Garcia made his Hollywood debut when he was hired to star with Piper Perabo in the movie “Coyote Ugly.” Released on August 4, 2000, the film, which was directed by David McNally, enjoyed commercial success. Still in 2000, Garcia returned to Australia to star as Sean Okden, a young steelworker who quit his job to tap dance, in “Bootmen,” the feature directorial debut of longtime dancing partner Dein Perry. The film won Best Film at the Australian Film Institute (AFI). Back to stage, Gracia portrayed Chris, a young American cowboy, in the London production of “Cadillac Ranch” (also 2000) and received rave reviews for his performance. In April 2001, he appeared at London's Soho Theatre as part of their “Four Plays: Four Weeks” program. Follow up stage credits include the West End production of “Where Do We Live?” (as Tyler), a play by Christopher Shinn. He then appeared in Stephen Schwartz's musical “Wicked” (as Fiyero).
In October 2001, Gracia acted in the American movie “Riding in Cars with Boys,” which was based on an autobiography of the same name by Beverly Donofrio. In the film, he had the opportunity to work with Drew Barrymore, James Woods, Lorraine Bracco, Steve Zahn and Brittany Murphy. The next year, he starred in the Mick Jackson directed comedy “The First $20 Million Is Always the Hardest,” an adaptation of Po Bronson's book. Released in the U.S. on June 28, 2002, the film was made for about $17 million but grossed less than $6 million at the box office. The video and DVD received a limited released in Los Angeles and New York.
Following a voiceover role in the movie “Kangaroo Jack” (2003), Garcia was cast as Giovanni Ribisi's brother, Gino, in “Love's Brother” (2004), a dramatic film from Australian director and writer Jan Sardi. He then played the son of Jacqueline Bisset, Scott, in the thriller “Fascination,” which earned a limited release in the U.S. in January 2005 after debuting in Germany in 2004. Also in 2004, Garcia worked with Geraldine McEwan, Joanna Lumley, Ben Miller, and Jack Davenport in the British TV film “Marple: The Body in the Library,” where he played Raymond Starr. However, it was his role, alongside Lindsay Lohan, in Sara Sugarman's “Confessions of a Teenage Drama Queen” (2004), based on the book of the same name by Dyan Sheldon, that brought the actor back into the spotlight. The comedy was a moderate success at the box office although it generally received negative reviews from critics.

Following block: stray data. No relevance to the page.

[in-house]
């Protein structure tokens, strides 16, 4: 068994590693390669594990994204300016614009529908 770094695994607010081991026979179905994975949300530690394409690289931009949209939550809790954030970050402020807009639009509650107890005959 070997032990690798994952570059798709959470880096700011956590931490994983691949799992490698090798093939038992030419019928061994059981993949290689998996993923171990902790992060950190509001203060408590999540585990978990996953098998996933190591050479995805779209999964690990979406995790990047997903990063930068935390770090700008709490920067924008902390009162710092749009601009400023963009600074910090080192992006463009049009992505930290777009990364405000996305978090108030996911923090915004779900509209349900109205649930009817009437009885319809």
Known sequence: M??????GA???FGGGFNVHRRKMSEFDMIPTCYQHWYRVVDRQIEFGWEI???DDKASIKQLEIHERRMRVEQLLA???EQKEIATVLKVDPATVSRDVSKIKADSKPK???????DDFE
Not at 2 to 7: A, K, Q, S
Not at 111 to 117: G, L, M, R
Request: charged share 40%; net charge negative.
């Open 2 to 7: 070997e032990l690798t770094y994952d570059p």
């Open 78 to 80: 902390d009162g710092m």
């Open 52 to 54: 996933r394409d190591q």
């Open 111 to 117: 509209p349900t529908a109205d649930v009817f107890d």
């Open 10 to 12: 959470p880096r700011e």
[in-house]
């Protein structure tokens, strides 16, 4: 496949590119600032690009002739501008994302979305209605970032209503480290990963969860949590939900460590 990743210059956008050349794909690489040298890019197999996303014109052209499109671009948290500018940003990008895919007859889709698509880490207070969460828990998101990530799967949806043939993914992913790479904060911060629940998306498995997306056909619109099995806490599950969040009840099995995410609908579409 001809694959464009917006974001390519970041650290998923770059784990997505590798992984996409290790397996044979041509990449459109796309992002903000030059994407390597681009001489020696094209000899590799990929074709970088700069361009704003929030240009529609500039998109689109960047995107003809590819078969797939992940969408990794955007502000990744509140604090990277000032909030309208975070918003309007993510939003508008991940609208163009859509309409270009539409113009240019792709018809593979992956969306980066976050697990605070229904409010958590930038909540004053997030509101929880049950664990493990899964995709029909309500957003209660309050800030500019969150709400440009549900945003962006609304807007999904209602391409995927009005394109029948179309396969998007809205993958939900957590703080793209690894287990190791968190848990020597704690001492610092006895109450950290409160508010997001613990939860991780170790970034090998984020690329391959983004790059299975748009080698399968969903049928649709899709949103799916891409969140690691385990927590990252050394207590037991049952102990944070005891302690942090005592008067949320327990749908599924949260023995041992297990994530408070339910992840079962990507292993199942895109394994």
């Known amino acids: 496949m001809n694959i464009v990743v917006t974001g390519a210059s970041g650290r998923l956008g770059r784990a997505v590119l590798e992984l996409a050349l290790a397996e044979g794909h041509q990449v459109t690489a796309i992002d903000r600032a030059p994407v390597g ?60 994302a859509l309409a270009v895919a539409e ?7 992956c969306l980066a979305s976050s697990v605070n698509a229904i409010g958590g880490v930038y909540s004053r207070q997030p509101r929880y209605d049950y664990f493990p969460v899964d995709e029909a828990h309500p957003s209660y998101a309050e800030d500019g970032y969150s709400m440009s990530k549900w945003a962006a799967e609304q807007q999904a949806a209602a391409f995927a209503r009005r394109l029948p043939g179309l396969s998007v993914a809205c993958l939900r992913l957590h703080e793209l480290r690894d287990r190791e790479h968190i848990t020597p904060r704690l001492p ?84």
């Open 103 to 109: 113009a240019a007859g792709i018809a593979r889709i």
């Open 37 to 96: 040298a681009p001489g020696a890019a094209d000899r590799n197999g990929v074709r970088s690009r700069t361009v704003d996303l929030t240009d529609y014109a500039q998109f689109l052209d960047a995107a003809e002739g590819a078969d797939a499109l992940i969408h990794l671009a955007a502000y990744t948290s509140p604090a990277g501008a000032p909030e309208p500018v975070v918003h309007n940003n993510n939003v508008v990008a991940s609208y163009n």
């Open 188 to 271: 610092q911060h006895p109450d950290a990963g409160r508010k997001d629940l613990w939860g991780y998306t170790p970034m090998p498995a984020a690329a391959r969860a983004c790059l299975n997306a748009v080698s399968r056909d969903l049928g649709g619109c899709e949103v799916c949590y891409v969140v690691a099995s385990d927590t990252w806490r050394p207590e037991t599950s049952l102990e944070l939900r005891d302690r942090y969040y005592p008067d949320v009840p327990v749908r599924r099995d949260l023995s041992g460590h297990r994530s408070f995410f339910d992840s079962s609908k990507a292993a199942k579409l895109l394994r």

Garcia next costarred with Jon Abrahams, Amy Adams, Xander Berkeley and Ethan Embry in the independent comedy “Standing Still,” which debuted at the Cinevegas Film Festival on June 17, 2005. He then starred as Vaslav Nijinsky in the BBC television movie “Riot at the Rite” (2005) and played Alex in an episode of “Doctor Who” called “The Christmas Invasion.” He next took on the role of Stefan in the British short lived TV series “Britannia High” (ITV, 2008). The same year, he also acted in the TV miniseries “Mr. Eleven,” a comedy directed by Paul Gay and penned by Amanda Coe.
Recently, in 2009, Garcia had the recurring role of Nick Mancini in the TNT medical drama “Hawthorne,” which stars Jada Pinkett Smith as Christina Hawthorne, R.N. He also guest starred in an episode of the HBO sitcom “Flight of the Conchords” and will star as Lee Waterson in the upcoming drama film “A Woman Called Job” (2009), for director and co-writer Kurt Burk. Costars in the movie include Tamara Feldman, Keana Texeira, Joe Hackett, Luciano Rauso, Jia Perlich and Gregory George Frank.